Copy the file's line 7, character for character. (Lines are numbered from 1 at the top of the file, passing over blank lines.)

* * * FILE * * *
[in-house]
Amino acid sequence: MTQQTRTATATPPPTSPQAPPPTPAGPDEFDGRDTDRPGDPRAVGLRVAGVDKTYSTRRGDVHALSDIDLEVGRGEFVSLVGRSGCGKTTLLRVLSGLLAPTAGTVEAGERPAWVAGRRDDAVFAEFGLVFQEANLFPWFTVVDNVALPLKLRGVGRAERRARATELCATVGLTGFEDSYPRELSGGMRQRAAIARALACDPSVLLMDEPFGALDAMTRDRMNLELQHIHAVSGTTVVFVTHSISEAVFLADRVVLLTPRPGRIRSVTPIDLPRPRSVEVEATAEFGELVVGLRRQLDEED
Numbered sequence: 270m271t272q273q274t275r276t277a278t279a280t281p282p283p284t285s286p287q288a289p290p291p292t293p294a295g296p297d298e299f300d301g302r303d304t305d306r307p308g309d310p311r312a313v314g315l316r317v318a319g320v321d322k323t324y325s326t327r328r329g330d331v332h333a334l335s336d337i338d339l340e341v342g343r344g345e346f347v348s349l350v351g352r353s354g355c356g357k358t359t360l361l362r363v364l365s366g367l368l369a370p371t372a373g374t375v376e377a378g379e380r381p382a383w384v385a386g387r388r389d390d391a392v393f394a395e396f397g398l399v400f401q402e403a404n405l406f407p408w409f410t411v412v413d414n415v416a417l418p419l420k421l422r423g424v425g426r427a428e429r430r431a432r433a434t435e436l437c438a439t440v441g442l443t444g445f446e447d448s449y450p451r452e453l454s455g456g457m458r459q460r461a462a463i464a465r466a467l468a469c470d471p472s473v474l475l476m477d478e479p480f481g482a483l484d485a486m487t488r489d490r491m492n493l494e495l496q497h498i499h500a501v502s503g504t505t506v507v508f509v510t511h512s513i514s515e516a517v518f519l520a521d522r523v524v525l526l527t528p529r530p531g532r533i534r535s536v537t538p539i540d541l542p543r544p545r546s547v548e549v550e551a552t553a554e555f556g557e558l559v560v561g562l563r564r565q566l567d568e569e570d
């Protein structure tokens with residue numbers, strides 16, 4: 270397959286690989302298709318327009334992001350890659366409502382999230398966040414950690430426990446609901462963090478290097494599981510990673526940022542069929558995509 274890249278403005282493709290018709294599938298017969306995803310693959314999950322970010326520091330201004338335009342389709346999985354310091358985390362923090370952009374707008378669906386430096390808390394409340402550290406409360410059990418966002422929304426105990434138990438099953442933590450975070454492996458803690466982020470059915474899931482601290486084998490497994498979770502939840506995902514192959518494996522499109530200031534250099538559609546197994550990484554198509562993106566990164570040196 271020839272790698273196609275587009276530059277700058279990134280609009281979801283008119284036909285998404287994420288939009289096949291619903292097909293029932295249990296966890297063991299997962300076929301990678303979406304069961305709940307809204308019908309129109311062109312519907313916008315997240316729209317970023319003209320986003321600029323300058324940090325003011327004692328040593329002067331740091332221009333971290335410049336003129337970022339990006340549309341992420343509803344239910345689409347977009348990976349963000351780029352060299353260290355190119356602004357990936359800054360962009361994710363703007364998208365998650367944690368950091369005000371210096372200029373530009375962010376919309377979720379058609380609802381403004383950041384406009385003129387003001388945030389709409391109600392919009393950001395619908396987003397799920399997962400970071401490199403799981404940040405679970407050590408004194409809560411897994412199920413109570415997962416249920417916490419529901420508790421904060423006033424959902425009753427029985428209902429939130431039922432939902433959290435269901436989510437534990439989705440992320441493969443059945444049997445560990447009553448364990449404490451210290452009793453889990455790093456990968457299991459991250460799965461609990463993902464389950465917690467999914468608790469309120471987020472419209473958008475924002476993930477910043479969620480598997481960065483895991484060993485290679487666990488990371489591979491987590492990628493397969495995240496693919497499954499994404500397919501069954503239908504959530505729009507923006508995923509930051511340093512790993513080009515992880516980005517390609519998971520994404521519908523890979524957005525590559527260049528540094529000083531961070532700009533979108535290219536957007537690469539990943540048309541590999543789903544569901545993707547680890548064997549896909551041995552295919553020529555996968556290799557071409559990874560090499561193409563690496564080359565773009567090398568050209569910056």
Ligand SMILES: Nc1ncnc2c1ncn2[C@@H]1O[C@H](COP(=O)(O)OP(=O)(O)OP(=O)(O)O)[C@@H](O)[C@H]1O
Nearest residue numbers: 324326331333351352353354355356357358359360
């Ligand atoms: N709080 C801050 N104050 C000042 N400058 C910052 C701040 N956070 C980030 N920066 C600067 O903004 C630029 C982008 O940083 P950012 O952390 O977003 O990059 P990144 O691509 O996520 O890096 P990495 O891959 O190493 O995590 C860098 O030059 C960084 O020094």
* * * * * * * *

């Ligand atoms: N709080 C801050 N104050 C000042 N400058 C910052 C701040 N956070 C980030 N920066 C600067 O903004 C630029 C982008 O940083 P950012 O952390 O977003 O990059 P990144 O691509 O996520 O890096 P990495 O891959 O190493 O995590 C860098 O030059 C960084 O020094």